What does the OSHA Say about Emergency Action Plans?

Under the Occupational Safety and Health Act, employers are responsible for providing a safe and healthy work environment.  In an ideal world there would be no workplace accidents or emergencies, but unfortunately that is not the case.  Therefore, under regulation 1910.38 the OSHA requires businesses to have a plan of action in case of an emergency.  Here are the rules you need to know in order to make sure your emergency plan complies.

Written and oral emergency plan.

An emergency action plan must be in writing and kept in the workplace, where it is available to all employees for review.  The only exception is an employer with 10 or fewer employees may orally communicate the plan to employees.

Minimum requirements.

At very least an emergency action plan must include the following:

• Procedures for reporting a fire

• Procedures for emergency evacuation, including type of evacuation and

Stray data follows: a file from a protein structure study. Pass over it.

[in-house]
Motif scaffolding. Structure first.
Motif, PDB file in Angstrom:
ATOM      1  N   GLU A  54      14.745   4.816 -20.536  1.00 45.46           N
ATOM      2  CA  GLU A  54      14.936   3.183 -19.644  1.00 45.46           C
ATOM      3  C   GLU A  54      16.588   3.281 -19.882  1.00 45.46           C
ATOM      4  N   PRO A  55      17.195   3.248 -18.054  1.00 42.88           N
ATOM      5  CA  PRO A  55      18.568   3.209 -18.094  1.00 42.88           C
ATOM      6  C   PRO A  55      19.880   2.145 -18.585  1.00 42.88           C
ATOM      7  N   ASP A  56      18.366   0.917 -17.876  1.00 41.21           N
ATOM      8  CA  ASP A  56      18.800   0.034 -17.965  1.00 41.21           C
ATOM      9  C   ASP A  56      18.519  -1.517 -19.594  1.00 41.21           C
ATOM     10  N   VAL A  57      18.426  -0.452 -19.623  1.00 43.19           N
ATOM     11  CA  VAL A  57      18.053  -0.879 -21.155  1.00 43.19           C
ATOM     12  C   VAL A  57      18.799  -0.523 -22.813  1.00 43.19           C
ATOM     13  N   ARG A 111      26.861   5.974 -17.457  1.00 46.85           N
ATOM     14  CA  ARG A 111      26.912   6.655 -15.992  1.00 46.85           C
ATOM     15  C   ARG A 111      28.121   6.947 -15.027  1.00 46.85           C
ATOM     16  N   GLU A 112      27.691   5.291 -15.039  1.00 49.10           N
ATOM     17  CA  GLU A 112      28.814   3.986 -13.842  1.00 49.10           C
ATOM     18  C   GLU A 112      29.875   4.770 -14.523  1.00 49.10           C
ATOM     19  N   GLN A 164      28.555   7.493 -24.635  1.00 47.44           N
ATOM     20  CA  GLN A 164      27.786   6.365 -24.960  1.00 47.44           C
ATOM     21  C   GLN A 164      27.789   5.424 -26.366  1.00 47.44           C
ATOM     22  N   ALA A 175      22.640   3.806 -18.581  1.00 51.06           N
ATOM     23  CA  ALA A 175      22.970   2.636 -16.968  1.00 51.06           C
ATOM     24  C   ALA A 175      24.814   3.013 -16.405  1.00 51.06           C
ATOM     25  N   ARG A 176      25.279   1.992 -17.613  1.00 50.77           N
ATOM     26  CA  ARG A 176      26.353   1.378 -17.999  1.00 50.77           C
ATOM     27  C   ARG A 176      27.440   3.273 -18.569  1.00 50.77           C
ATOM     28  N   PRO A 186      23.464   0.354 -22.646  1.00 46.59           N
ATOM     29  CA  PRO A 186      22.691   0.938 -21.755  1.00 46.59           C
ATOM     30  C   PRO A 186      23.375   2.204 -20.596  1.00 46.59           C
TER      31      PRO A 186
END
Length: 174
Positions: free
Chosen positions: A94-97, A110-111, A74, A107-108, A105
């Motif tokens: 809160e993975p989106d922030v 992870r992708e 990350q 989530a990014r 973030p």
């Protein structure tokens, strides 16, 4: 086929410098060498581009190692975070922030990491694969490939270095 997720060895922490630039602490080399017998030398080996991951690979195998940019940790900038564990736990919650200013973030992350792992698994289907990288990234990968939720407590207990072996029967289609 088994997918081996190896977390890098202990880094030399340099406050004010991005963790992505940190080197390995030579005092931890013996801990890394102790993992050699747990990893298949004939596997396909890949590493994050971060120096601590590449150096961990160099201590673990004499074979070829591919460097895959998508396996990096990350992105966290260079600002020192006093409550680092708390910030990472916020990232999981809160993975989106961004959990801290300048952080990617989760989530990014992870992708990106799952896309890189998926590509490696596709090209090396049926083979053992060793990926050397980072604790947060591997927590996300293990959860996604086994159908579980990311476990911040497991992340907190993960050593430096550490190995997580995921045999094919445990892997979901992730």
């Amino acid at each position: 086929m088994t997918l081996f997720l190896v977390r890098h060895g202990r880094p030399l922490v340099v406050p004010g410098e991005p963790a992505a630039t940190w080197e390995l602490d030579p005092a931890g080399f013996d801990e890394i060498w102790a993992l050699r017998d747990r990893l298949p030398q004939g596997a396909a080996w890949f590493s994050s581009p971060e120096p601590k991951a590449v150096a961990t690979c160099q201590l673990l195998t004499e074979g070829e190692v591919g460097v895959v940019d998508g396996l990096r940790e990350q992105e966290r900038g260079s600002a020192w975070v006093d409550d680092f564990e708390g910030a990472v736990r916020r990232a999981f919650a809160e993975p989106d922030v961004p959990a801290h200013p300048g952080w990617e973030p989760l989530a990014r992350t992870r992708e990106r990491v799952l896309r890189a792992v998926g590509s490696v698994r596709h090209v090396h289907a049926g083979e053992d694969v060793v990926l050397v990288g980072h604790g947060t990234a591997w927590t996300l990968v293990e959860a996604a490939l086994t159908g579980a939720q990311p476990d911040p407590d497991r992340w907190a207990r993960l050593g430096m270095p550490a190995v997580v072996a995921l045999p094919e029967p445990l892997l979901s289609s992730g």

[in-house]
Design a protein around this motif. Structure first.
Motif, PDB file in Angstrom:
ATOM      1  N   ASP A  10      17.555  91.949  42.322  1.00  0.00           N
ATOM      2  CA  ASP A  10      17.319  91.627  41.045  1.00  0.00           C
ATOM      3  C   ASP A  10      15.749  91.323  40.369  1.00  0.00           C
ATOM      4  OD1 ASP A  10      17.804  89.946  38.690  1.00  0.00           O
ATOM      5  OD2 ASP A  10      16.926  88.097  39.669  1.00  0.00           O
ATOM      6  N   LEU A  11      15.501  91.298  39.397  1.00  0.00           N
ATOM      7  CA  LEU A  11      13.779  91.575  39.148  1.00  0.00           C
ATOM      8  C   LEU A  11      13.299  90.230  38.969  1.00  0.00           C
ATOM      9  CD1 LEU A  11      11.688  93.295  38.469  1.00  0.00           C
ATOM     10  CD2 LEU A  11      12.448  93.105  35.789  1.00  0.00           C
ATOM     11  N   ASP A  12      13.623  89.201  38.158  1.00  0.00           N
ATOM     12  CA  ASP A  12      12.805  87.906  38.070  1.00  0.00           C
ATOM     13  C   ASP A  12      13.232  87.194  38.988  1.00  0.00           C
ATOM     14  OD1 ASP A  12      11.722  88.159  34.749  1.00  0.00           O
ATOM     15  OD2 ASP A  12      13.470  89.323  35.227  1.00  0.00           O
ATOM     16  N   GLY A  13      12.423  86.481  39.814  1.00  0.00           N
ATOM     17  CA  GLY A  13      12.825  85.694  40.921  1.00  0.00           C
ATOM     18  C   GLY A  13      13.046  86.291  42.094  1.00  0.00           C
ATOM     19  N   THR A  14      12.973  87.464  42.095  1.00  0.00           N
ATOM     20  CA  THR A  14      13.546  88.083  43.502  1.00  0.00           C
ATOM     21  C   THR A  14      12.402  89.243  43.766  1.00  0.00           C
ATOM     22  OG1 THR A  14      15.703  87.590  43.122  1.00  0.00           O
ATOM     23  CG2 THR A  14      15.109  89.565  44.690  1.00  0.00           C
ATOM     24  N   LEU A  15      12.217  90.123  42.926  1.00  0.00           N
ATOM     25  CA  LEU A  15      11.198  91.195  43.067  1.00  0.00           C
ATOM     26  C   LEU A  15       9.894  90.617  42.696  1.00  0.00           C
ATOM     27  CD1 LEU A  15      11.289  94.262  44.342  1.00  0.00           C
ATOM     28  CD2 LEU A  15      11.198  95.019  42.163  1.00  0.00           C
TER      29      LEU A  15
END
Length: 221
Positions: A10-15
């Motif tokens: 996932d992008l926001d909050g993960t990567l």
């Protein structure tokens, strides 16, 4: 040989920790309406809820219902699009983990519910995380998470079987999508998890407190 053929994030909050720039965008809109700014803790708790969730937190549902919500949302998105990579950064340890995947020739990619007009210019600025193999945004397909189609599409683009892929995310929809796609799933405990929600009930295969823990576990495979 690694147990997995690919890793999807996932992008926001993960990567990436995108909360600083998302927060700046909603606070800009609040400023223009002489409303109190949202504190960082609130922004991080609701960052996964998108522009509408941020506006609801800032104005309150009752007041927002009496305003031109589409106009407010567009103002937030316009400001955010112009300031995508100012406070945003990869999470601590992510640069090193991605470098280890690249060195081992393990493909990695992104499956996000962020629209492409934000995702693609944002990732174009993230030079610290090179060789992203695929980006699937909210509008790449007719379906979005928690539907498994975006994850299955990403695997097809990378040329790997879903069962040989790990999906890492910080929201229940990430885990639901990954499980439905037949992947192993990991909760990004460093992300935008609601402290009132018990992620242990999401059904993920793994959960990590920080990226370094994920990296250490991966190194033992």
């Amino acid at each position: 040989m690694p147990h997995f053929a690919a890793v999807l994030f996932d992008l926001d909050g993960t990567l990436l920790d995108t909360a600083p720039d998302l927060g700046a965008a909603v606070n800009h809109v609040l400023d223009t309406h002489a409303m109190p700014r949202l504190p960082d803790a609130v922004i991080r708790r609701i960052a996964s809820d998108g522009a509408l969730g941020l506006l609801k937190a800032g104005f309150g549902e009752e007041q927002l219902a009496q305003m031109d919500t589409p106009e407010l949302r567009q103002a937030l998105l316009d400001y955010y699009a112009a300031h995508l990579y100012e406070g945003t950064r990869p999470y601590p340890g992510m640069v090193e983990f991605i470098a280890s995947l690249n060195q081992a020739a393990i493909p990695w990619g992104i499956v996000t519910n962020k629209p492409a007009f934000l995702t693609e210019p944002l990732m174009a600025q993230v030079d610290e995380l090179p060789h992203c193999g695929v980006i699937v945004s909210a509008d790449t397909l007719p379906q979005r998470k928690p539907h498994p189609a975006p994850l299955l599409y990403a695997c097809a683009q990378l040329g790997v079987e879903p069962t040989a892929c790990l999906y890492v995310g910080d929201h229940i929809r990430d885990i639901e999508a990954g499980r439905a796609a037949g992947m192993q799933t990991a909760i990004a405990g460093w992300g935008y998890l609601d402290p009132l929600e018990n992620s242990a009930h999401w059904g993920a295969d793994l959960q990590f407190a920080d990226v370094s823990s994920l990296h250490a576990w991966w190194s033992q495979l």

exit route strategies

• A plan to be followed by employees who remain to operate critical

  operations before they evacuate

• Procedures to account for all employees after they have evacuated

There must also be a designated list of people employees can contact should they need any more information or a more detailed explanation of their duties in the plan.

Employee alarm system.

The workplace must have and maintain an employee alarm system.  The system should have a distinctive signal for each type of emergency.

Training and review.

A designated group of employees must be trained to assist in safe evacuation of other employees.  These employees will be responsible for making sure the evacuation is orderly and that everyone knows where they should go.  The plan must be reviewed with each employee covered by the plan when the plan is first developed or when the employee starts the job, when responsibilities under the plan change, and when the plan is changed.

When running large engineering or maintenance projects, there can be a lot of employees to account for. It’s essential to have an emergency plan in place before starting a project in order to make sure all employees know what to do in case of any type of emergency.  For more information about the OSHA visit  HYPERLINK “http://www.osha.gov” www.osha.gov and stay up to date with the MAC Incorporated  HYPERLINK “http://blog.macttn.com” blog.  At MAC Incorporated we pride ourselves in working with the leaders of the engineering, maintenance, and operations management fields and value safety in the workplace, while providing strategic workforce solutions.